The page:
Published June 19, 2007
NEW YORK – Paper, plastic or Vuitton?
This season's hottest bags are reusable grocery "shopping" bags that carry designer labels and price tags that run upwards of $895.
Stella McCartney and Hermes are among the designers offering reusable totes with the trip to market in mind. Yet, it is the U.S. arrival of British designer Anya Hindmarch's "I am not a plastic bag" tote on Wednesday that has fashionistas in a tizzy.
"It comes at a time when there's a bit of a backlash against 'it' bags, which is something that I've always hated anyway," Hindmarch told FOXNews.com. "And I hope it's becoming cool to be environmentally aware."
Hindmarch's limited-edition canvas bag caused a sensation when it launched in the U.K. in March as part of a nonprofit collaboration with We Are What We Do, a group that encourages individuals to take everyday actions to change the world.
More than 80,000 people lined up to buy one of around 25,000 bags, which retail for $15. Some of them turned up on eBay reselling for nearly $800.
A few thousand of the bags will go on sale Wednesday morning in New York and Los Angeles, with 20,000 more set to hit select Whole Foods on the East Coast on July 18. Emblazoned with blue bubbly writing that says "I am not a plastic bag," the grocery totes are so stylish, they have found fans among the likes of Keira Knightley, model Petra Nemcova and Madonna.
"People are very desperate for them and I think in some ways the scarcity factor probably does cause awareness, which sort of helps, if you like, what we're trying to achieve," Hindmarch said.
Sara Snow, the host of "Get Fresh With Sara Snow" on the Discovery Health Channel, says that the use of reusable bags in America is finally catching on with shoppers who frequent stores like Whole Foods.
"When people ask me 'What are the top three things I can do to start living greener today?' one of the answers is always: 'Start carrying reusable bags everywhere you go,'" Snow said.
A million plastic bags are used every minute worldwide, Snow said, adding that in America alone, 12 million barrels of oil and 14 million trees go into producing paper and plastic bags every year.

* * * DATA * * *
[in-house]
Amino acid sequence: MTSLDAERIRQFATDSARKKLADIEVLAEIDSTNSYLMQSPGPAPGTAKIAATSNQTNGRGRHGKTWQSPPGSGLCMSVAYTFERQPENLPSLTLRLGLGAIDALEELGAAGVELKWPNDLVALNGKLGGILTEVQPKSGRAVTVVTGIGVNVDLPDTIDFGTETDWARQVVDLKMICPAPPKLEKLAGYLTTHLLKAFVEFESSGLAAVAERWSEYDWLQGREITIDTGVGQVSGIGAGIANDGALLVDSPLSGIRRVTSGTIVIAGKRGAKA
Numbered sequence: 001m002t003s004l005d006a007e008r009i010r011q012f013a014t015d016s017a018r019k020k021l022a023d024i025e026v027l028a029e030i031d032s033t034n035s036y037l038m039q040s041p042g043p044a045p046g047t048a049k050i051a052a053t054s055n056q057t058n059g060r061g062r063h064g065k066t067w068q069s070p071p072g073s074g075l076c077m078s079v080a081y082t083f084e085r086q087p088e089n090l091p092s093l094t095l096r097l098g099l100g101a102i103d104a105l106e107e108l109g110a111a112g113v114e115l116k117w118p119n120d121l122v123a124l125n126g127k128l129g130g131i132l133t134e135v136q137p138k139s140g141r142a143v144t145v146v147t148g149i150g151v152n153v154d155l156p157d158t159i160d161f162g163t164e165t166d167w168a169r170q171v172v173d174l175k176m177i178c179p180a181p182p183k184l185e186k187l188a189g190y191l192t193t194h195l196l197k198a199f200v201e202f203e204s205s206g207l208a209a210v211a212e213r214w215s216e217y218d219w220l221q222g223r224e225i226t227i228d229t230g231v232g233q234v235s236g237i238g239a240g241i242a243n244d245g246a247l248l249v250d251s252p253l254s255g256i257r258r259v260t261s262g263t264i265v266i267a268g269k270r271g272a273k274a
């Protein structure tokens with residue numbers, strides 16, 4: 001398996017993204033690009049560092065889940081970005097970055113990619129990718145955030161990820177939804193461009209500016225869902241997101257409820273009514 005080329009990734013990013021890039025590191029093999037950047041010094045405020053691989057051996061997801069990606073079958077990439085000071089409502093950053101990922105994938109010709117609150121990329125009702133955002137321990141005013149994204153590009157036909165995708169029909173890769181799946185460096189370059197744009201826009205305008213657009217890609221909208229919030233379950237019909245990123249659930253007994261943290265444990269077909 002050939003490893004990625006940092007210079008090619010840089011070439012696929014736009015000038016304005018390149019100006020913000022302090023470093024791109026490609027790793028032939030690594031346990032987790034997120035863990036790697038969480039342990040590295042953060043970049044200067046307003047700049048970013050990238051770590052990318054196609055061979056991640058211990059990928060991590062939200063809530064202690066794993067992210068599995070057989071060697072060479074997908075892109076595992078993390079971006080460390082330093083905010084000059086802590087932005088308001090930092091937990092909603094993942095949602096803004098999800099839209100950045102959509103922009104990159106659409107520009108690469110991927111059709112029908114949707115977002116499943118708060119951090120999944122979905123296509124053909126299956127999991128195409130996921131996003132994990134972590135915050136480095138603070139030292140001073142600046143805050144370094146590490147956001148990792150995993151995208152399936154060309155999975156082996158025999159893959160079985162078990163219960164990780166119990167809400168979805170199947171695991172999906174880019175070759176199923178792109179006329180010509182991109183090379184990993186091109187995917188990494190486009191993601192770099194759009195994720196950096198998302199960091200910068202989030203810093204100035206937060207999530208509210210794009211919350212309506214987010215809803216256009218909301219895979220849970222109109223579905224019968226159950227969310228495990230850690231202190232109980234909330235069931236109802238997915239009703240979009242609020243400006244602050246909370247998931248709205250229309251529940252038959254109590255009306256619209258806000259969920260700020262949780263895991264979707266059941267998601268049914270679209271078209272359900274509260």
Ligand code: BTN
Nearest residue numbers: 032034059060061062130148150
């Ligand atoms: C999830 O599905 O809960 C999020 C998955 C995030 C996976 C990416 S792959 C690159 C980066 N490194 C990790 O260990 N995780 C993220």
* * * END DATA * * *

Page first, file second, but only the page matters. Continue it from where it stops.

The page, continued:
It's become easier for U.S. shoppers to adapt with many retailers offering reusable bags for sale at the cash register, Snow said.
Hindmarch envisions her hard-to-get tote as an advertisement for green living.
"It's more about being a walking billboard to persuade people that the real answer to this problem is to reuse and reduce and recycle," Hindmarch said.
She's not alone. Other designers are also finding fans at the nexus of fashionable and green. McCartney's organic shopper retails for $495, Hermes plans to sell a collapsible silk bag that reportedly sells for $960 and Marni carries a $843 nylon bag.
Even Louis Vuitton offers a "That's Love" satin "tote" that retails for $1,720. Actress Scarlett Johansson carries flowers in hers for the company's advertising campaign.
McCartney's shopper is part of a line of clothing made with organic cottons sold in her Los Angeles and New York boutiques.
"Stella has always had lifelong vegetarian principles and a commitment to help protect the environment," said McCartney spokeswoman Arabella Rufino.
"This season bigger bags are going to be in and with the functionality of a shopper, you can take it to the beach or you can take it out for a day of shopping," said Stephanie Rygorsky, a fashion writer for Life&Style Weekly magazine.
But are Americans ready to spend nearly a grand for what is — in essence — a bag that may see itself covered in broken egg?
"I’m not a big designer person when it comes to my reusable bags, but if that’s what it’s going to take to get people to take their bag to the grocery store, then I say go for it," Snow said. "If you have the means to spend $800 bucks on a grocery bag, by all means do it because you will probably carry it every time you go to the store."
That is, if you — and your tote — even plan to step foot in a supermarket.
"Most of the people that can afford a $900 shopping bag aren't doing their own shopping," Rygorsky said. "It’s novel and people will carry it and maybe use it as their work bag when you just need the extra tote to put your notebook and things in on the way to work."